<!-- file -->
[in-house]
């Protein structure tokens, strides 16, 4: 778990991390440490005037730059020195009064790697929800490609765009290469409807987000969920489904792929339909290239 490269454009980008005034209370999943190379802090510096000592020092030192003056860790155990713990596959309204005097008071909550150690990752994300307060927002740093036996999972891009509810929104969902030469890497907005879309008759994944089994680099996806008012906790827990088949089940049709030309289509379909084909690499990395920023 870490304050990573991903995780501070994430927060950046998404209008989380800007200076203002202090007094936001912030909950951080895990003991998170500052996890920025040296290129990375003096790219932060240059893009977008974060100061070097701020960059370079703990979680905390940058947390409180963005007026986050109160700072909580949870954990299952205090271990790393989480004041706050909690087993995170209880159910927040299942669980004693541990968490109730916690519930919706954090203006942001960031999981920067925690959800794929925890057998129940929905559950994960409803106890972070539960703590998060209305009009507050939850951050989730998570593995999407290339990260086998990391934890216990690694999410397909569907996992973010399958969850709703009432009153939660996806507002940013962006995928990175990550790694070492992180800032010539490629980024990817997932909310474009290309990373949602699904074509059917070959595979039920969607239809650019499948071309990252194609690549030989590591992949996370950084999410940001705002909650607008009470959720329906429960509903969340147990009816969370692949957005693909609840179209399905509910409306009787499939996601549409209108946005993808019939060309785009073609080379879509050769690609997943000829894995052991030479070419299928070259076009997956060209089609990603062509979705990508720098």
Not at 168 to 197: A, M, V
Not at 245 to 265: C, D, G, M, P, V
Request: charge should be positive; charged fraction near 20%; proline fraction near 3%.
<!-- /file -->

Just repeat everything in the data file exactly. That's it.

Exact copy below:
[in-house]
């Protein structure tokens, strides 16, 4: 778990991390440490005037730059020195009064790697929800490609765009290469409807987000969920489904792929339909290239 490269454009980008005034209370999943190379802090510096000592020092030192003056860790155990713990596959309204005097008071909550150690990752994300307060927002740093036996999972891009509810929104969902030469890497907005879309008759994944089994680099996806008012906790827990088949089940049709030309289509379909084909690499990395920023 870490304050990573991903995780501070994430927060950046998404209008989380800007200076203002202090007094936001912030909950951080895990003991998170500052996890920025040296290129990375003096790219932060240059893009977008974060100061070097701020960059370079703990979680905390940058947390409180963005007026986050109160700072909580949870954990299952205090271990790393989480004041706050909690087993995170209880159910927040299942669980004693541990968490109730916690519930919706954090203006942001960031999981920067925690959800794929925890057998129940929905559950994960409803106890972070539960703590998060209305009009507050939850951050989730998570593995999407290339990260086998990391934890216990690694999410397909569907996992973010399958969850709703009432009153939660996806507002940013962006995928990175990550790694070492992180800032010539490629980024990817997932909310474009290309990373949602699904074509059917070959595979039920969607239809650019499948071309990252194609690549030989590591992949996370950084999410940001705002909650607008009470959720329906429960509903969340147990009816969370692949957005693909609840179209399905509910409306009787499939996601549409209108946005993808019939060309785009073609080379879509050769690609997943000829894995052991030479070419299928070259076009997956060209089609990603062509979705990508720098």
Not at 168 to 197: A, M, V
Not at 245 to 265: C, D, G, M, P, V
Request: charge should be positive; charged fraction near 20%; proline fraction near 3%.